I am doing my first batch with a yeast starter. I harvested yeast from a commercial Belgian trappist ale, built it up for a couple of days, cold-crashed it, decanted off the majority of the mini-wort and am getting ready to pitch it.

Sadly, I'm realizing that the size of my starter isn't what I was hoping for. I'm wanting to do a bigger beer than this meager amount of yeast will get rolling. So, I'm about to throw caution into the wind and follow up my trappist yeast starter with a boring old Safbrew T-58 dry yeast package, perhaps perhaps 3/4 of the package. Going to sacrifice the possible trappist yeast strain flavor for a stronger beer.

So, this probably higher amount of yeast will speed up fermentation (yes, using a blow-off tube). What I'm worried most about is getting too much autolysis (or some other symptom I don't yet know the name for).

What can I do to mitigate the effects of pitching too much yeast? I was thinking about moving up my racking schedule, but I'm not sure that'll do it.

  • I would be more worried about underpitching if you're depending on yeast harvested from a bottle and ¾ of a package of dry yeast. MrMalty maintains a list of yeast sources if you'd like to keep that authentic flavor without worrying about under- or overpitching.
    – Grafton C.
    Jan 11, 2015 at 20:22

2 Answers 2


Autolysis in homebrew is largely a myth. The reason being that a five gallon batch in a carboy or bucket doesn't have the weight or geometry to compress the the yeast the way a 100 gallon or more conical can.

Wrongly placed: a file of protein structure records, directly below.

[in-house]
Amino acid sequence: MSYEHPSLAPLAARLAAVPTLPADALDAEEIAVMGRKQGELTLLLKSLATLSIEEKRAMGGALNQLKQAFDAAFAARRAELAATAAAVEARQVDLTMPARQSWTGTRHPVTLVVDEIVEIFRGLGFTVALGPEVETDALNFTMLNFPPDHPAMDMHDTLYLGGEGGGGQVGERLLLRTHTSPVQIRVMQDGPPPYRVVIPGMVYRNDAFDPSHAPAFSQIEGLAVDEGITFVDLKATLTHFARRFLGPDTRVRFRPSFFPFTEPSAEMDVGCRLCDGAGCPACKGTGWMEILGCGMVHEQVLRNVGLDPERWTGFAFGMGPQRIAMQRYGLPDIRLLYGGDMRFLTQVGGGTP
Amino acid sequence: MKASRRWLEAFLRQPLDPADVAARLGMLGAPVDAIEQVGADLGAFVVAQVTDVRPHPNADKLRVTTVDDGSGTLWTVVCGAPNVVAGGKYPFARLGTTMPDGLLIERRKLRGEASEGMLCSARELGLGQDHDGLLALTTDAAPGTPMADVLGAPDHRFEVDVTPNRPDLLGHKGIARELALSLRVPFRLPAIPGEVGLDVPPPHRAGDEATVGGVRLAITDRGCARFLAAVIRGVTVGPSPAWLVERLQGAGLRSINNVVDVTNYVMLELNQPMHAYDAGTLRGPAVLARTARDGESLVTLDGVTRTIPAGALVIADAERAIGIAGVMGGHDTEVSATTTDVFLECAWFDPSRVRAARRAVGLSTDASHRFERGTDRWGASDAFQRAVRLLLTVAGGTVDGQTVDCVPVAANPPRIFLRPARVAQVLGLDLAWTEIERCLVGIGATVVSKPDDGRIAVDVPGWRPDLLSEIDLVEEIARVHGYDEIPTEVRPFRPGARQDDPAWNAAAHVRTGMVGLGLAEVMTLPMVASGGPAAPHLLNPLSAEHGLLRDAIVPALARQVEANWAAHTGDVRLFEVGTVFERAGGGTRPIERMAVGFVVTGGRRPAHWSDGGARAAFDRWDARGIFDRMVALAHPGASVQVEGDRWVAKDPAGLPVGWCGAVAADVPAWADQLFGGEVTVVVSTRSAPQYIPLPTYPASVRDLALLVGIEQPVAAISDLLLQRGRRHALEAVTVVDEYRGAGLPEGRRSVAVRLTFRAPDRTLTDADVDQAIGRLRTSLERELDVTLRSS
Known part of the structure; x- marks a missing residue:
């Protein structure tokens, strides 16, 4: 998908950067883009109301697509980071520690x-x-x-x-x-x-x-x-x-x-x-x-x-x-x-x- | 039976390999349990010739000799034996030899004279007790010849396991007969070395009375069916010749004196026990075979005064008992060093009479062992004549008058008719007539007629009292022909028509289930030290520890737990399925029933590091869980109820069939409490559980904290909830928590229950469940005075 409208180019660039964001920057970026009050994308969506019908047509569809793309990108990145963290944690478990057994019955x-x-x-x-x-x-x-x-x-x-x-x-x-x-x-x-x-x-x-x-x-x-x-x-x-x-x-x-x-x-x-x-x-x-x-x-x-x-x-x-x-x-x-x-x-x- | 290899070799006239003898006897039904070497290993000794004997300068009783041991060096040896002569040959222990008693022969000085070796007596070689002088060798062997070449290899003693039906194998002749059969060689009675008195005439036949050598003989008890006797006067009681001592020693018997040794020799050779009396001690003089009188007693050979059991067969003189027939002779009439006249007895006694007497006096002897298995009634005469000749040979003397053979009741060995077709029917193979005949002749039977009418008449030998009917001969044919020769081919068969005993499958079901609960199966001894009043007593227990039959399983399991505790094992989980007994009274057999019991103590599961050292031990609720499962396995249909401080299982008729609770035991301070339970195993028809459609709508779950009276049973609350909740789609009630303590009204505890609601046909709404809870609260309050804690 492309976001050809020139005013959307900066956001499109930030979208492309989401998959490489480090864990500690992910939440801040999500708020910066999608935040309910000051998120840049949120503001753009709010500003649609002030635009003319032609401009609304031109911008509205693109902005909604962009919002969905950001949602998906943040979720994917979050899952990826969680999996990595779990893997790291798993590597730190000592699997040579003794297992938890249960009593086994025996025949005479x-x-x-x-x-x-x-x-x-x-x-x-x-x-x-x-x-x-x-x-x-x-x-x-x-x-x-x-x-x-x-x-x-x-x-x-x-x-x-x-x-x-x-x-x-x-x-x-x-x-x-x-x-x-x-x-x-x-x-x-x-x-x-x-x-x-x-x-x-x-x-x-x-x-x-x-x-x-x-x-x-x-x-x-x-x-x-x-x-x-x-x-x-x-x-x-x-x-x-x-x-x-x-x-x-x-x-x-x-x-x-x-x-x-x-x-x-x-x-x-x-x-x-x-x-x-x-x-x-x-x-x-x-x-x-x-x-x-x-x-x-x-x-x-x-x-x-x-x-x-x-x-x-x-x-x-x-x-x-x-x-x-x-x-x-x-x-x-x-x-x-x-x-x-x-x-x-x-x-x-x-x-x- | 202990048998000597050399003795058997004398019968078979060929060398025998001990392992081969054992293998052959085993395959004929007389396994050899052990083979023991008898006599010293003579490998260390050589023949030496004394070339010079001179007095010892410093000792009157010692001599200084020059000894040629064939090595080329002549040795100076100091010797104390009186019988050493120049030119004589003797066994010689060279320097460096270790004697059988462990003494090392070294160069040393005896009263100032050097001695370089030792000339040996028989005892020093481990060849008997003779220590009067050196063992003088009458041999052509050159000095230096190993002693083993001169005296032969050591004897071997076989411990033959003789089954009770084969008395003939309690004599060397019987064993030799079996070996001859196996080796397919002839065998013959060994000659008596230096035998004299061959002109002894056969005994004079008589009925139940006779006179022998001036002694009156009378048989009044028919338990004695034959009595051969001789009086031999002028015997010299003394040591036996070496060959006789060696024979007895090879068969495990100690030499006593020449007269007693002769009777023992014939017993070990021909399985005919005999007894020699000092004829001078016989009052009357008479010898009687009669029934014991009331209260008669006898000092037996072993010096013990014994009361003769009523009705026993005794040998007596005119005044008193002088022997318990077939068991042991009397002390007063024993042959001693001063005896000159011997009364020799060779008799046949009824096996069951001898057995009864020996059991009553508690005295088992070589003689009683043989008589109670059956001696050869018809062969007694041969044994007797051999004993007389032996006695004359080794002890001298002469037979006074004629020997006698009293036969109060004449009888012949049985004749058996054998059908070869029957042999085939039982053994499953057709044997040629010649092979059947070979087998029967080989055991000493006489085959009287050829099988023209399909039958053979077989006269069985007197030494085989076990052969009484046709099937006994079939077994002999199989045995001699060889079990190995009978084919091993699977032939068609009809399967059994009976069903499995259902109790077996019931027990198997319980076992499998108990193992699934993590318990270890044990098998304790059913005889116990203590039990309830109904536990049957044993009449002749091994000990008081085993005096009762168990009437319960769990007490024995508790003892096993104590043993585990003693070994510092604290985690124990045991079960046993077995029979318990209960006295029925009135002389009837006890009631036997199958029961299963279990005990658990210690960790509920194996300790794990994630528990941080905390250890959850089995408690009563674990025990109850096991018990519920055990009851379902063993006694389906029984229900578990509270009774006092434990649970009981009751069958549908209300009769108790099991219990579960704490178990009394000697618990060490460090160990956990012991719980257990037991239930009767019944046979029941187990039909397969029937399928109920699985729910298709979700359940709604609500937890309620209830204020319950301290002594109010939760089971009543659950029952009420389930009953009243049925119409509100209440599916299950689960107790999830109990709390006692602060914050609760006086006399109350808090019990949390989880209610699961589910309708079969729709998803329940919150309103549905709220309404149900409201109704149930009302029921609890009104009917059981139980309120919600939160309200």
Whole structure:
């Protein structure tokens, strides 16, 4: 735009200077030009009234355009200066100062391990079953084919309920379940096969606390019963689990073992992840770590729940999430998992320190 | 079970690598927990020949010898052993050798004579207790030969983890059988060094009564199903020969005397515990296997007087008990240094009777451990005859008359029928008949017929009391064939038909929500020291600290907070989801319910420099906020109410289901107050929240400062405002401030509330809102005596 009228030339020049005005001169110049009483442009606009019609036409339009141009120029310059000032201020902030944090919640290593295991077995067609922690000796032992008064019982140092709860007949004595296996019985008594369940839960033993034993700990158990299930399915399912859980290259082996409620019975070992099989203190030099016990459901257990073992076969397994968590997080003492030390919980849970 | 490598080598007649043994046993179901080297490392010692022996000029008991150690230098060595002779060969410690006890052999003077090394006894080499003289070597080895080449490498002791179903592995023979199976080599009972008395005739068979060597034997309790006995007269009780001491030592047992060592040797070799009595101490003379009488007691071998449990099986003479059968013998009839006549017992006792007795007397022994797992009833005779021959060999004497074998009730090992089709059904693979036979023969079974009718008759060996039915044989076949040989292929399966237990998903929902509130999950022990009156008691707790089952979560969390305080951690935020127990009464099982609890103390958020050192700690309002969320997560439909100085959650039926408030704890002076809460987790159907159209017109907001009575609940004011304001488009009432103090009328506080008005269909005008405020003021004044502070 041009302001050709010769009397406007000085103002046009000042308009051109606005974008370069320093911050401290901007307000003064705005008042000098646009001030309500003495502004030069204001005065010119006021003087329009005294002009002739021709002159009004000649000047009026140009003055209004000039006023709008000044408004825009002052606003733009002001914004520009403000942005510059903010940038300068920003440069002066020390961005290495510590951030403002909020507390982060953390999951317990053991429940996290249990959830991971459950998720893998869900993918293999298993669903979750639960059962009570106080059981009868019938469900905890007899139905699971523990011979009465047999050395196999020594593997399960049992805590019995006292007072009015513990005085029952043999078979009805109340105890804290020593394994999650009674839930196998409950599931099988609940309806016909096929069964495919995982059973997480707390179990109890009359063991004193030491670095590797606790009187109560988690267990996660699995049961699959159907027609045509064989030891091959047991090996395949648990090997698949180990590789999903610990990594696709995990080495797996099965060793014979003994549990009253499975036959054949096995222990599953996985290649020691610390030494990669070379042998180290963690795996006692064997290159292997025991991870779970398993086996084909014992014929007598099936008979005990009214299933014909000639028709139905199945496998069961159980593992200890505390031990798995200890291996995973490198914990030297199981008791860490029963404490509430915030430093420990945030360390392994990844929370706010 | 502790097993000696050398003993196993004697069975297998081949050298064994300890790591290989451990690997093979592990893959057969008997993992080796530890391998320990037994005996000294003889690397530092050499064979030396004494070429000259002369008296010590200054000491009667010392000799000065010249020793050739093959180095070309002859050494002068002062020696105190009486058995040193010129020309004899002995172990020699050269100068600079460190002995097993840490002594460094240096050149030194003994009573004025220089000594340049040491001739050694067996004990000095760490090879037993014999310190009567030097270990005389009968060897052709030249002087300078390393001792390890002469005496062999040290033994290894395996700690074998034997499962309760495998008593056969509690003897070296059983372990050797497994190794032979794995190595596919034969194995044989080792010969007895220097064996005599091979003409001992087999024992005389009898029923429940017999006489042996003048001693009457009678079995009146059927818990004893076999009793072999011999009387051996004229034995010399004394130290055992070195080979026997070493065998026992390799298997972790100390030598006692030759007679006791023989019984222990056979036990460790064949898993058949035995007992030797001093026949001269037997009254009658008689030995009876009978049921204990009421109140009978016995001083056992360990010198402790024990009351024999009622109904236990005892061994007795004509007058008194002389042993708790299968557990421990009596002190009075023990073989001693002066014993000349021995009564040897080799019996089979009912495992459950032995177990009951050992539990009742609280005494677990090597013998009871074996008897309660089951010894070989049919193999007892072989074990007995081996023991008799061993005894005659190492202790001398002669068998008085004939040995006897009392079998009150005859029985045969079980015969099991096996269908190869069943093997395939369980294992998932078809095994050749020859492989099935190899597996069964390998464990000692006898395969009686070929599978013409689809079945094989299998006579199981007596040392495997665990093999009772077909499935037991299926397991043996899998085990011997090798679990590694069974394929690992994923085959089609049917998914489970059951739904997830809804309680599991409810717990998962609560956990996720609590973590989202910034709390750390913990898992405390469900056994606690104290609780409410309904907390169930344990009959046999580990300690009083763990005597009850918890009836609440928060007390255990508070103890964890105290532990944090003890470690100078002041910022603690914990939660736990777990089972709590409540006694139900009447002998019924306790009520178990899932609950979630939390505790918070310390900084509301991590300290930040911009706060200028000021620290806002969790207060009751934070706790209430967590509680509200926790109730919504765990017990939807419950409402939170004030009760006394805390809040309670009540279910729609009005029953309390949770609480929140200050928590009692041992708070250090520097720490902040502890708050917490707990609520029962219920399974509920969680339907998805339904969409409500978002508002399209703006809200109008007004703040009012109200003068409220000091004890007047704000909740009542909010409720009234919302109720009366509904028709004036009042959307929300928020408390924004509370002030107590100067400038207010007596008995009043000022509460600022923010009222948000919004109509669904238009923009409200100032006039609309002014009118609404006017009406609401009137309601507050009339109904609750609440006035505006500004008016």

On the other hand, you can still get off or wrong flavors from pitching too much yeast.

When harvesting yeast, it typically takes time and several step ups to get to a viable amount to pitch. It is unlikely that pitching a "couple of days" of a harvest plus one packet of dry yeast will be "over-pitching", but that is dependent on the starting gravity. 1.055 is about right for one 11 gram packet.

T-58 is 10 grams, and if you didn't re-hydrate, you might lose 25-30%, so adding the harvest might actually be what you should be aiming to hit, but again, can't really comment without the starting gravity and whether or not you re-hydrated.

If you have not yet pitched the second yeast, I'd give the first yeast a day or two to see if it takes off. If you had at least some growth in your harvested starter, then it will likely take off and do fine. Under pitching on a Belgian shouldn't hurt too much, but will add some fruity esters, which can be mitigated with lower temps and time.

T58 is a solid yeast and will work if the harvest doesn't take off. Pitching both probably won't matter much but the T58 will likely dominate. It's hard to make an accurate statement without knowing the gravity and quantity from the harvest. You can check pitching rates at mr malty


It's common for 'big' beer recipes to call for 2 bottle of white labs yeast (in a starter), so depending on how big your starter is you might be fine. I find that about 100-150ml of an active (foams when shaken) starter will work great for 20L batch in the 1.050-1.060 range.

Also I don't think that over pitching isn't such a bad thing. People sometimes put fresh on a the yeast of the previous batch, and AFAIK thats works well if the yeast is clean.

So I think that an extra 7.5 grams of dry yeast is not going to be an overpitch.

Maybe somebody else can comment on the flavor of T58 vs. the bottle dregs you're using?

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